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b) Add Bu Yang Huan Wu for Qi or Yang Deficiency (rear weakness, pale and wet tongue, and deep/weak pulse). Better tolerated than Double P II, so can use instead of Double P II if animal is prone to diarrhea.
c) Add Di Gu Pi San for Yin Deficiency (cool-seeking, or rear weakness, red/dry tongue, and fast/thin pulse).
d) Add Hindquarter Formula for Qi and Yin Deficiency (cool-seeking, rear weakness, red or pale tongue, and fast/weak pulse).
e) Add Stasis Breaker if a tumor or mass is present in the spinal cord
f) Add Jie Gu San for fractures of the vertebra.
Physical Rehabilitation for General Practitioners
In conservative cases of acute and recurrent thoracolumbar disk disease, it is important to perform minimal intervention and avoid motions that might
risk further herniation of disk material for one month or longer. Patients with cervical or thoracolumbar disk disease are more likely to have proprioceptive and motor deficits, requiring greater attention to balancing and strengthening activities.
A. General exercise:
a) Gentle massage of musculature in the cervical, forelimb, paraspinal, and hindlimb for 10-20 minutes to warm up the muscles or to relieve muscle tensions, BID- TID
b) PROM with bicycling movements all joints of affected limbs, 10-15 reps, BID-TID
B. Proprioception and balancing training:
c) Assisted Standing with abdominal support (e.g. sling, physioball beneath abdomen, standing in water level to the greater trochanter) as needed on a stable, high- traction surface; gradually decreasing support as the patient was able to stand better
d) Weight Shift (weight bearing, balance): Stand behind the dog with the hands placed on either side of the pelvis to support the dog for rear limb weight shift (place on the chest for front limb weight shift). With the limbs
in a square standing position, the dog is gently pushed in one direction, and then the other in a slow, rhythmic fashion. Gently push 10-15 times, BID-TID. Make sure this is done on a surface with good traction with the four legs underneath the dog in a normal standing position
e) Challenged Standing (improves weight bearing, balance/proprioception): Have the dog stand on any irregular surface such as couch cushions, foam, trampoline, etc. While standing, can provide gentle
pushing to challenge balance, but not too much to lose balance. Repeat 5-10 times during each session, BID-TID.
f) Figure Eights (balance, spinal ROM, weight shifting): Walk the dog on an outline of the number ‘eight’ on the ground. Start with SLOW speed and BIG Eights. Watch the weight-shifting and weight-bearing carefully. Repeat 5-10 times during each session, BID-TID.
g) Weave Poles (core strengthening/range of motion): Place the cones or bottles close enough together that the dog has to bend its spine sufficiently during the exercise. This distance is typically slightly less than the body length of the dog. Lead the dog carefully through the cones so that the head, neck, and body flex as the poles are negotiated. Repeat 5-10 times during each session, BID-TID.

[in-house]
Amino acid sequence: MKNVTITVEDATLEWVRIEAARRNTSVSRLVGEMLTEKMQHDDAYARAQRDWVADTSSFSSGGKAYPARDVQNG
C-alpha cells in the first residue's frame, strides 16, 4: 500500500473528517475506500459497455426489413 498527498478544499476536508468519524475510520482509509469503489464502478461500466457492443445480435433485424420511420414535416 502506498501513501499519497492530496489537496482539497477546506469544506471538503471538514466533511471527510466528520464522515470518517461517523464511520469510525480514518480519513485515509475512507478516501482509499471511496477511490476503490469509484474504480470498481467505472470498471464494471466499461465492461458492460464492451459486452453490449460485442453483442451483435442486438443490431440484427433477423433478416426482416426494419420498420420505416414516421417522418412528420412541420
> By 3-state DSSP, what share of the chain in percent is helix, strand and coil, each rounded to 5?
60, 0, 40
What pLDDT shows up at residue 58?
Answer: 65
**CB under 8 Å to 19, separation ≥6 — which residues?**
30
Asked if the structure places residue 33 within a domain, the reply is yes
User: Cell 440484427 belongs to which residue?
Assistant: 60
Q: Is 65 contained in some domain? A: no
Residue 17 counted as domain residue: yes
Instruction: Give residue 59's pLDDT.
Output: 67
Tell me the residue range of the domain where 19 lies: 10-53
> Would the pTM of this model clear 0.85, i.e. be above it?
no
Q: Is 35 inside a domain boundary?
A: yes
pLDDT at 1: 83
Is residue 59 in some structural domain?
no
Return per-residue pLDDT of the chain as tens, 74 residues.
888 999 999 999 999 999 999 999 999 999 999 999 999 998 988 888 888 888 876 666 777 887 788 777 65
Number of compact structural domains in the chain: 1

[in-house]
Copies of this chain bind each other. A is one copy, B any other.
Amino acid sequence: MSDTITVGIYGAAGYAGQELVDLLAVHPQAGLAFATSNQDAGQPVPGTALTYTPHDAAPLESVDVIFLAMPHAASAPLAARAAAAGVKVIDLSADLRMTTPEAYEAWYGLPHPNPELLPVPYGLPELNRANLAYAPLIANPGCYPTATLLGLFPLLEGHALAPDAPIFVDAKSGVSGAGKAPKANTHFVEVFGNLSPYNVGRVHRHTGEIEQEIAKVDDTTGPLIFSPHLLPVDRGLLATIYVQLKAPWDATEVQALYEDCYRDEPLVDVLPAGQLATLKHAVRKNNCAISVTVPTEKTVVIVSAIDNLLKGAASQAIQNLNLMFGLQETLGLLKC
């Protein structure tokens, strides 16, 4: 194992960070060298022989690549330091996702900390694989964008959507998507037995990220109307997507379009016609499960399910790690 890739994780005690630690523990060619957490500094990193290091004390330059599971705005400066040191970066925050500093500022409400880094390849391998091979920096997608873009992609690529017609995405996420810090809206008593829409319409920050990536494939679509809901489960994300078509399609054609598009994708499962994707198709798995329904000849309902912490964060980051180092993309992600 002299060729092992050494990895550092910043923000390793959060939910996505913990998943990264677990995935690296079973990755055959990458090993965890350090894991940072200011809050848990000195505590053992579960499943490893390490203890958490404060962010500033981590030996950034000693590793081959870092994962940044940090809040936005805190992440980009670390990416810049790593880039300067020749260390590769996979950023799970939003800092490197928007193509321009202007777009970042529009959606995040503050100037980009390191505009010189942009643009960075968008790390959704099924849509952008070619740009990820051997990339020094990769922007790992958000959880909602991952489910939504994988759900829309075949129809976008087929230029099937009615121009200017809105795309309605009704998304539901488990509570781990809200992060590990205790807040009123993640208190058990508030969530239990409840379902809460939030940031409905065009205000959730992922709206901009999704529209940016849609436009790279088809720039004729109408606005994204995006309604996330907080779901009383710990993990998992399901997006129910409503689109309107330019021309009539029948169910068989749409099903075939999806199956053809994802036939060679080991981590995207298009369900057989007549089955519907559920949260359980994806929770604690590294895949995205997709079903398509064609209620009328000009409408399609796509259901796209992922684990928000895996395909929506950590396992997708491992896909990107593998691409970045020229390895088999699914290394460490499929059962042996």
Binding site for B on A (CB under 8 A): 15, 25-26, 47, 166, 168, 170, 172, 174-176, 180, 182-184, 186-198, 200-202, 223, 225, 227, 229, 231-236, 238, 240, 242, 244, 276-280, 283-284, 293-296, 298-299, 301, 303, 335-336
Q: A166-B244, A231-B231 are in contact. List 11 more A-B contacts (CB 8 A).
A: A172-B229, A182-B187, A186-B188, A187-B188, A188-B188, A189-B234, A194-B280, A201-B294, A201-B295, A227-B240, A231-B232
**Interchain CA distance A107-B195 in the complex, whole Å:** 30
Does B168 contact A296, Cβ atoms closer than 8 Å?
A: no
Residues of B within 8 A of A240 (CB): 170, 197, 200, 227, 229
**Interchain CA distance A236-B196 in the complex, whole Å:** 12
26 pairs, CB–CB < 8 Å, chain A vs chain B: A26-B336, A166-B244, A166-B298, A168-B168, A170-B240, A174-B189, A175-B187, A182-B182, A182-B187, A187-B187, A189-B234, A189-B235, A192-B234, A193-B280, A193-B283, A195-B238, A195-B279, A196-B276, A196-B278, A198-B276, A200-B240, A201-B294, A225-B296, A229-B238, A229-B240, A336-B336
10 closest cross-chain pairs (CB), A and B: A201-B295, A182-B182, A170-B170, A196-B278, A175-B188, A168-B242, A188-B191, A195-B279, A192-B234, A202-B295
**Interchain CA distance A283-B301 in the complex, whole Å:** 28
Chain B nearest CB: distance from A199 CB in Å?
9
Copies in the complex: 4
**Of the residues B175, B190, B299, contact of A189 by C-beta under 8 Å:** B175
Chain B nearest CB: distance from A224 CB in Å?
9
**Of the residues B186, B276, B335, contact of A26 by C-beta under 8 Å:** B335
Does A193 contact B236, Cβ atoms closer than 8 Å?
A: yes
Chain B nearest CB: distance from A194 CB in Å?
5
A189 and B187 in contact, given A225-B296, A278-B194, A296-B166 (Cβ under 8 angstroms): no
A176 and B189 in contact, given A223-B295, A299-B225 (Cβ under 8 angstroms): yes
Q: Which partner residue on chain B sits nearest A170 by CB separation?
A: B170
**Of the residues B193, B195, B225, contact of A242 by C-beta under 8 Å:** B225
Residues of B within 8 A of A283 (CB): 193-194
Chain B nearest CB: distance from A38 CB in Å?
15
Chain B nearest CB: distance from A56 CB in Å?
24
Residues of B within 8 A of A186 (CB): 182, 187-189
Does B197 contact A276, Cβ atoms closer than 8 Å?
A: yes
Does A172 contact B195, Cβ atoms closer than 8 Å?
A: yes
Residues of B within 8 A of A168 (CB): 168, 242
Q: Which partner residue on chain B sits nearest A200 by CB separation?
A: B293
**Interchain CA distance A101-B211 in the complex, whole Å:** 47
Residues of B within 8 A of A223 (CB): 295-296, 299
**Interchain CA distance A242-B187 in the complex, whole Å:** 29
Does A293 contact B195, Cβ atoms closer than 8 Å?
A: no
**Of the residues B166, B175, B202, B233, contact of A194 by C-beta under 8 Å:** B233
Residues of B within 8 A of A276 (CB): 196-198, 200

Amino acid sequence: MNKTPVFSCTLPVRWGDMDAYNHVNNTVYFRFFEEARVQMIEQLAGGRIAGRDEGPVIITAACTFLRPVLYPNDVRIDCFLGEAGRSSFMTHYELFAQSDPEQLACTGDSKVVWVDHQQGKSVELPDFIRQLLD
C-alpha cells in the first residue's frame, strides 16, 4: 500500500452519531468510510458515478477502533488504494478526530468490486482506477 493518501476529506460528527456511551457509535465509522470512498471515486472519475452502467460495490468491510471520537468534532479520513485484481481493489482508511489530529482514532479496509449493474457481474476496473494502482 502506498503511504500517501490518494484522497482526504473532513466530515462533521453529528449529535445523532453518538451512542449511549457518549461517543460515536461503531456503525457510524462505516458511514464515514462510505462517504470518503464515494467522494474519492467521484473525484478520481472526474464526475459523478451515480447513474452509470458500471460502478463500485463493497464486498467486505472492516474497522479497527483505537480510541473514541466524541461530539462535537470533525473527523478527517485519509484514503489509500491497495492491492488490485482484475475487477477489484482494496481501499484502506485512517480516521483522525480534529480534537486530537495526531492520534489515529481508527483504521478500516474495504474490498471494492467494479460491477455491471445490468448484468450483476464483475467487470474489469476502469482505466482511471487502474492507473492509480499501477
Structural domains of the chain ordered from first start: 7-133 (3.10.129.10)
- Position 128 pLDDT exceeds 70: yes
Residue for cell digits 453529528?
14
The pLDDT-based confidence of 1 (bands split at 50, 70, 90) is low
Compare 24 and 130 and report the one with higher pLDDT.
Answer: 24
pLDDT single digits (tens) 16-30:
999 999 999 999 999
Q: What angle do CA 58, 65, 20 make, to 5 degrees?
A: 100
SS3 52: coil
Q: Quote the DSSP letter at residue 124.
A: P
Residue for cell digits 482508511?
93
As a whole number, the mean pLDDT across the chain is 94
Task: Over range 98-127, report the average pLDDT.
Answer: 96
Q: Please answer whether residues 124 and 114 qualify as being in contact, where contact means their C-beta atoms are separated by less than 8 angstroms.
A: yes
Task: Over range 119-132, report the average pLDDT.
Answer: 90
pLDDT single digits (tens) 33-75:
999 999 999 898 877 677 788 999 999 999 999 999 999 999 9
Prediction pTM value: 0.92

h) Obstacle Course (balance/proprioception): Place various objects in a hallway or in a line and slowly walk the dog over the obstacles on a short leash. Obstacles can be pillows, cushions, rolled towels, PVC pipes, broom handles, air mattresses, steps, dog beds, etc. Repeat 5-10 times during each session, BID-TID.
C. Strengthening (typically 4 or more weeks postoperatively):
i) Sit to Stand (rear leg strength/ROM): Using a treat or other cue, the dog is placed in a square sitting position. She is then allowed to push up to a standing position. Be certain that the dog sits and stands squarely and symmetrically. Placing an affected leg against a wall
or having the dog sit in a corner helps to encourage symmetrical sitting and standing. Repeat this motion 5-10 times during each session, BID-TID. Give only as much support as needed to help encourage the dog to use its muscles
j) Stair Climbing (ROM/strengthen legs/core): Begin with wide, low stairs; avoid open stairs. Gradually increase number and steepness of stairs. Initially, walk dog upstairs 5 steps , and downstairs 5 steps. Repeat 3-5 times, SID-BID. Gradually increase the steps up to 10 each time.
k) Cryotherapy at lesion site as needed for 20 min after exercise
* Caution: Choose only 2-4 exercises per session. Other exercises may be performed as part of a home exercise program. Doing all exercises may result in lameness and pain early in the program
Outcome Measurement
Using a 0-5 grading scale to evaluate clinical neurological signs of IVDD (Table 1), it can be a valuable tool to help choose the mode of treatment, determine the prognosis, and assess the success of treatment. 9 For the most optimum recovery, it is best to use TCVM with decompressive surgery for cases with grades 4 and
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